Meet Biliana Sirakova, the newly appointed EU Youth Coordinator.

Show Notes

Meet Biliana Sirakova, the newly appointed EU Youth Coordinator.
What is the role of EU Youth Coordinator? How does she work on connecting and coordinating different youth initiatives, aimed at achieving EU Youth Goals? What are her daily tasks and challenges? Listen to the podcast to learn more about how EU Youth Coordinator supports co-creation of the European Year of Youth with other stakeholders and  inclusion of young people's voices in policy making.
What are her impressions of the European youth sector?
For more information, visit the European Youth Portal: https://europa.eu/youth/home_en 

Guest: Biliana Sirakova
Hosts: Ismael Páez Civico and Clotilde Talleu

What is UNDER 30'?

Welcome to UNDER 30, the podcast series by the EU-Council of Europe youth partnership that brings research results, explores trends in young people's lives and themes relevant for youth policy and practice.

The EU-CoE youth partnership is a co-operation programme between the European Commission and the Council of Europe in the field of youth, created in 1998, connecting youth research, policy and practice.

Under 30 - EU Youth Coordinator


[00:00:00] Biliana: If we want to be clear in our communication, we might even try to, to, to communicate, in this youth friendly language, across the board on all topics.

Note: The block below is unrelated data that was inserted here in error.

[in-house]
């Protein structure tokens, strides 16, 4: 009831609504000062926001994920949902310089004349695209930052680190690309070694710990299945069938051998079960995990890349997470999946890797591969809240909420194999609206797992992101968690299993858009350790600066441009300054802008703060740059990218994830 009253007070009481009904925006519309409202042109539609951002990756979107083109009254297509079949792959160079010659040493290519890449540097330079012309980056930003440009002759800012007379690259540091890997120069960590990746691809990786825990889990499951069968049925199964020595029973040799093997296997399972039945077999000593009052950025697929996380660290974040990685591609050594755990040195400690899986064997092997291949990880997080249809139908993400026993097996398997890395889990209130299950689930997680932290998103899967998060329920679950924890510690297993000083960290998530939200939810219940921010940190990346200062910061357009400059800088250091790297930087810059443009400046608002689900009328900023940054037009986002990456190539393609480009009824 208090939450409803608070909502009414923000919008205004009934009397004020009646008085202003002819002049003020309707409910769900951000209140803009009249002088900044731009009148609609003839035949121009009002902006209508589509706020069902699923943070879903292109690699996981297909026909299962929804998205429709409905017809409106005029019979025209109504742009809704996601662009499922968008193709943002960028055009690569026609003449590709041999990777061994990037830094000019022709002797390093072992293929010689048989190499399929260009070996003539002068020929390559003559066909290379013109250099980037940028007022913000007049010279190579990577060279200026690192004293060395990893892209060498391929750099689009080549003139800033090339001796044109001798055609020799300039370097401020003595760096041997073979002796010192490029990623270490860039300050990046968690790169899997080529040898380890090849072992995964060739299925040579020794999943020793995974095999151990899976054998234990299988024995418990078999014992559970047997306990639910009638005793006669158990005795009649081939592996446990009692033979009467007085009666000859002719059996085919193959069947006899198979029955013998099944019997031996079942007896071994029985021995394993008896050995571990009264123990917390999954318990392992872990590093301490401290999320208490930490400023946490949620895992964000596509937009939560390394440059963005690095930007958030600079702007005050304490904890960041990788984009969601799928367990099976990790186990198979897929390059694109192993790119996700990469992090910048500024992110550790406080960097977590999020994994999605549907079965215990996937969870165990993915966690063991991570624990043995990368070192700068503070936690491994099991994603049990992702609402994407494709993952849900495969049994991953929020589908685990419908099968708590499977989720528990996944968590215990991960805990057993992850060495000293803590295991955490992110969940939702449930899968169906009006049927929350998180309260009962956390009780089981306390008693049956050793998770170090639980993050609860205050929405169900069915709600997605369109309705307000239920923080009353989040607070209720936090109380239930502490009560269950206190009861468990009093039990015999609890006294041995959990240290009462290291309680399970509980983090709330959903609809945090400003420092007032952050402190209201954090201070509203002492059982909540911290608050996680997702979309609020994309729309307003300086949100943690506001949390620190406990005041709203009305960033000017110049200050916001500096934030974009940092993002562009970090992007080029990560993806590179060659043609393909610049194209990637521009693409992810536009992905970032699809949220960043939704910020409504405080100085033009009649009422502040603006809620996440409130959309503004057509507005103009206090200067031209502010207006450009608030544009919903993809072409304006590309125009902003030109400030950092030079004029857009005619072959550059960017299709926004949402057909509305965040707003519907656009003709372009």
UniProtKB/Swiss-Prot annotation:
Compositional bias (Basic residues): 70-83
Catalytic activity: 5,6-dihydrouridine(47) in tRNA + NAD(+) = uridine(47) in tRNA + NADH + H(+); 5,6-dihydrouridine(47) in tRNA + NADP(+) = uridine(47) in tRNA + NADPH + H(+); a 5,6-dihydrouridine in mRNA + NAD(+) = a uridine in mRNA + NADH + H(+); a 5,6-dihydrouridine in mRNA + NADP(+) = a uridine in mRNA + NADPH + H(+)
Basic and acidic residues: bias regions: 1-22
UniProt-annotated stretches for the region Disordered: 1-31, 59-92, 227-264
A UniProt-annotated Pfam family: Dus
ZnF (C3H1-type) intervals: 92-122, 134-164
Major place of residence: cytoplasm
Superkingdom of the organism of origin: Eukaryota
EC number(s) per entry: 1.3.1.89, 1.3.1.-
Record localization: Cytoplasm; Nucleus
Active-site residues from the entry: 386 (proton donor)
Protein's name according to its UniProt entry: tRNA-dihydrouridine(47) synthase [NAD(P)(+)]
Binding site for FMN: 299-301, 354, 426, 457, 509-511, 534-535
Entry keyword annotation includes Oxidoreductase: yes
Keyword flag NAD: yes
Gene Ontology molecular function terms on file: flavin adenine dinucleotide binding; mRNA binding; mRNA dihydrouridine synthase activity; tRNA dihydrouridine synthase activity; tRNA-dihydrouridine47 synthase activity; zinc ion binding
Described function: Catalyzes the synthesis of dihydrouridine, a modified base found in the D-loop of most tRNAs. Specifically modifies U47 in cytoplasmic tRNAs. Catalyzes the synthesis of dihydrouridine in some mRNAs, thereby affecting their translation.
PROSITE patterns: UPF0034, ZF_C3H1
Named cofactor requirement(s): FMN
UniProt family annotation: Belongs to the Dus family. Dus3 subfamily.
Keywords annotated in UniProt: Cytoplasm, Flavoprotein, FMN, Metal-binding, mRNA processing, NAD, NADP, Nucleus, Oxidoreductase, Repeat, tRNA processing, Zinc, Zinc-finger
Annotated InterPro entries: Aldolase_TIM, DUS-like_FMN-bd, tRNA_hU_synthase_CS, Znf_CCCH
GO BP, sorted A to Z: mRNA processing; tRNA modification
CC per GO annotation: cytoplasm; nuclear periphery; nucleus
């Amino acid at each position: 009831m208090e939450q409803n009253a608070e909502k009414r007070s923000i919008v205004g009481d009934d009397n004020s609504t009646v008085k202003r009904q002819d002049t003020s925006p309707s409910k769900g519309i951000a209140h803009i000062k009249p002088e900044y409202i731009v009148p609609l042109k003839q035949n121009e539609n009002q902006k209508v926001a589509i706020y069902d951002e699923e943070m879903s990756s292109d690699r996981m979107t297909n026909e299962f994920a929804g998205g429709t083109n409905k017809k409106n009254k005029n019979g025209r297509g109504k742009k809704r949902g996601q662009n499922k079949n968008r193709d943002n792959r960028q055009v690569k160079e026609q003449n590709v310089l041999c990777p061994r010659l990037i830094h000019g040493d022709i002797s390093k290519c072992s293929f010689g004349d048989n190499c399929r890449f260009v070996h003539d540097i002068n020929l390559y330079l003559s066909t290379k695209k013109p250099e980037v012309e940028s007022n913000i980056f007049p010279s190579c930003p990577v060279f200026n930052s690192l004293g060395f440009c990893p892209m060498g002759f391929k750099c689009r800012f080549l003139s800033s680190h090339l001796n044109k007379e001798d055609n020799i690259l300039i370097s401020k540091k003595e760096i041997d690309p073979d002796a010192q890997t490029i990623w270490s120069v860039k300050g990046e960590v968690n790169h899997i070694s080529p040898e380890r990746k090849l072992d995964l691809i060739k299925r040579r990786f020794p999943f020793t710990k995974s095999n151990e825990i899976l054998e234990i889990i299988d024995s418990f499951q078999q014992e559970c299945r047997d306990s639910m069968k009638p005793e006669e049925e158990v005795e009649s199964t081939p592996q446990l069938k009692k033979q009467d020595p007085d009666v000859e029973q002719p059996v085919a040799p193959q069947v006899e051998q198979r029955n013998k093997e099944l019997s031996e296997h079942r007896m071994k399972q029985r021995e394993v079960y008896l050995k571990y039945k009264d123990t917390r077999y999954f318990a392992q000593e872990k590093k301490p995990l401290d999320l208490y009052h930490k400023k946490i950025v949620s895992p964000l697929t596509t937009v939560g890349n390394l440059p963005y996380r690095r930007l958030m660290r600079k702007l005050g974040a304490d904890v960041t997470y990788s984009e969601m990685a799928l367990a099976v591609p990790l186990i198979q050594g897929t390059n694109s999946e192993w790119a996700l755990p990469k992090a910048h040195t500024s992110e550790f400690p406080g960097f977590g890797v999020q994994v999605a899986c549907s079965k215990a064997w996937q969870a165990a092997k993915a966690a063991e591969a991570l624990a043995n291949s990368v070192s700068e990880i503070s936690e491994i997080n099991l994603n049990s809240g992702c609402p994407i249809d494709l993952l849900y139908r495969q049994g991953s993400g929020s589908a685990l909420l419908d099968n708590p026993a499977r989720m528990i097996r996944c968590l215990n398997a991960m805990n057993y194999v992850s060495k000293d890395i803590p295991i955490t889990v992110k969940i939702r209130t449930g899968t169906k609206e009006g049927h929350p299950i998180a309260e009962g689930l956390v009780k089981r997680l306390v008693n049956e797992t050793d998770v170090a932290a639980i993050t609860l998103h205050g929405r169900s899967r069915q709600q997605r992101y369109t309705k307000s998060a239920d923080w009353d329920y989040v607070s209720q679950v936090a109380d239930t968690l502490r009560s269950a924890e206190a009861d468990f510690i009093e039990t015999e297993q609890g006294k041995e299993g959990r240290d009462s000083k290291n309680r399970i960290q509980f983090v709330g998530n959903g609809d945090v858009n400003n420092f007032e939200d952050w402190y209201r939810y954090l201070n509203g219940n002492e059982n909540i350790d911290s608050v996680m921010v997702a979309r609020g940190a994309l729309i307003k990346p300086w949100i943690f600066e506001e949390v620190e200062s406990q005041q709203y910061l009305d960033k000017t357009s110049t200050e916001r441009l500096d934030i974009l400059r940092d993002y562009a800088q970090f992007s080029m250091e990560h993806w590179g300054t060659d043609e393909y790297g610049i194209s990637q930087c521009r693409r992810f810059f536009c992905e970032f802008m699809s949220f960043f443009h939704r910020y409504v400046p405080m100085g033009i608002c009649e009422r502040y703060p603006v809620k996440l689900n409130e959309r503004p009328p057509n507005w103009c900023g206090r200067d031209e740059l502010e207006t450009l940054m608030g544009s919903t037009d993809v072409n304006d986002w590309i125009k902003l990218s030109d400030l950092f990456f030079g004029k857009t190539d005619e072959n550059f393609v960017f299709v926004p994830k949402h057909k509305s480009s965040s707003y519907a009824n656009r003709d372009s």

[00:00:20] Ismael: Hello everyone. And welcome to Under 30 a podcast brought to you by the partnership between the European commission and the council of Europe in the field of youth. I'm Ismael Paez Civico and together with Clotilde Talleu , we'll be hosting this episode. We hope you enjoy.

[00:00:41] Clotilde: So today with our guests we'll talk about, um, the position and role of EU youth coordinator. The, um, establishment of this post is quite new in European youth policies. And you will learn a bit more today about its missions, concrete actions, [00:01:00] plans, expected impact on policy practice, and also on young people, of course, in Europe.

[00:01:05] Clotilde: So I'm pleased to welcome Biliana Sirakova, so the EU youth coordinator, since June, 2021, if I'm not mistaken, so Biliana, can you please introduce yourself?

[00:01:20] Biliana: Well, thank you very much for the invitation to be a guest on your podcast. I enjoy it very much and I'm a regular listener. So, um, my name is Biliana , I'm Bulgarian living in Belgium for 14 years now.

[00:01:35] Biliana: Uh, since 2010, I have been working in the European commission. And since June last year, um, I've been working in the role of Eu youth coordinator. My educational background is in economics and management. And I have 18 years of professional experience and across all the sectors, public private non-profit. Um, my work has [00:02:00] revolved around, um, building and managing relationships with diverse stakeholders and around communication, especially communicating for impact and learning and something personal.